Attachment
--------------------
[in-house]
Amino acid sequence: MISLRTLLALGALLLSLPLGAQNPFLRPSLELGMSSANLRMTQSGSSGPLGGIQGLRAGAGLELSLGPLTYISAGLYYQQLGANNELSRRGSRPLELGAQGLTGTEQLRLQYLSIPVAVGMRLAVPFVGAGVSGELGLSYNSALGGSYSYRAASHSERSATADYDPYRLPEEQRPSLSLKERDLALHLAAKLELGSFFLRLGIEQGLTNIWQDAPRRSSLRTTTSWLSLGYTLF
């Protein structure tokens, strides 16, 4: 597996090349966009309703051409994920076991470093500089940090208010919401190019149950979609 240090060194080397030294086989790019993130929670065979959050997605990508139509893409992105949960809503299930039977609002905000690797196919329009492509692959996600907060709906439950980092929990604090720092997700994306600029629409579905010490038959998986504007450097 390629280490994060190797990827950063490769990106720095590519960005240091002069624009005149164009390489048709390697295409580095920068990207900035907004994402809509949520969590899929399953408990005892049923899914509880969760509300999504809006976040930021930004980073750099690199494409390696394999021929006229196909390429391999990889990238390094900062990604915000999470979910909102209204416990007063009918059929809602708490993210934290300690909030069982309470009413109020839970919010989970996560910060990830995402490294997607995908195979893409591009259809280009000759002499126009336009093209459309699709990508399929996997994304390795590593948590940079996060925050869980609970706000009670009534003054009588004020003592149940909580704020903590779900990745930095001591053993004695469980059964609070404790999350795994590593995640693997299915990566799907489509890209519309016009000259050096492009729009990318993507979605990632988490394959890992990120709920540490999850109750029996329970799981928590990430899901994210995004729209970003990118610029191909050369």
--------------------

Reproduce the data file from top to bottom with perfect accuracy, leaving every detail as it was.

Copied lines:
[in-house]
Amino acid sequence: MISLRTLLALGALLLSLPLGAQNPFLRPSLELGMSSANLRMTQSGSSGPLGGIQGLRAGAGLELSLGPLTYISAGLYYQQLGANNELSRRGSRPLELGAQGLTGTEQLRLQYLSIPVAVGMRLAVPFVGAGVSGELGLSYNSALGGSYSYRAASHSERSATADYDPYRLPEEQRPSLSLKERDLALHLAAKLELGSFFLRLGIEQGLTNIWQDAPRRSSLRTTTSWLSLGYTLF
């Protein structure tokens, strides 16, 4: 597996090349966009309703051409994920076991470093500089940090208010919401190019149950979609 240090060194080397030294086989790019993130929670065979959050997605990508139509893409992105949960809503299930039977609002905000690797196919329009492509692959996600907060709906439950980092929990604090720092997700994306600029629409579905010490038959998986504007450097 390629280490994060190797990827950063490769990106720095590519960005240091002069624009005149164009390489048709390697295409580095920068990207900035907004994402809509949520969590899929399953408990005892049923899914509880969760509300999504809006976040930021930004980073750099690199494409390696394999021929006229196909390429391999990889990238390094900062990604915000999470979910909102209204416990007063009918059929809602708490993210934290300690909030069982309470009413109020839970919010989970996560910060990830995402490294997607995908195979893409591009259809280009000759002499126009336009093209459309699709990508399929996997994304390795590593948590940079996060925050869980609970706000009670009534003054009588004020003592149940909580704020903590779900990745930095001591053993004695469980059964609070404790999350795994590593995640693997299915990566799907489509890209519309016009000259050096492009729009990318993507979605990632988490394959890992990120709920540490999850109750029996329970799981928590990430899901994210995004729209970003990118610029191909050369």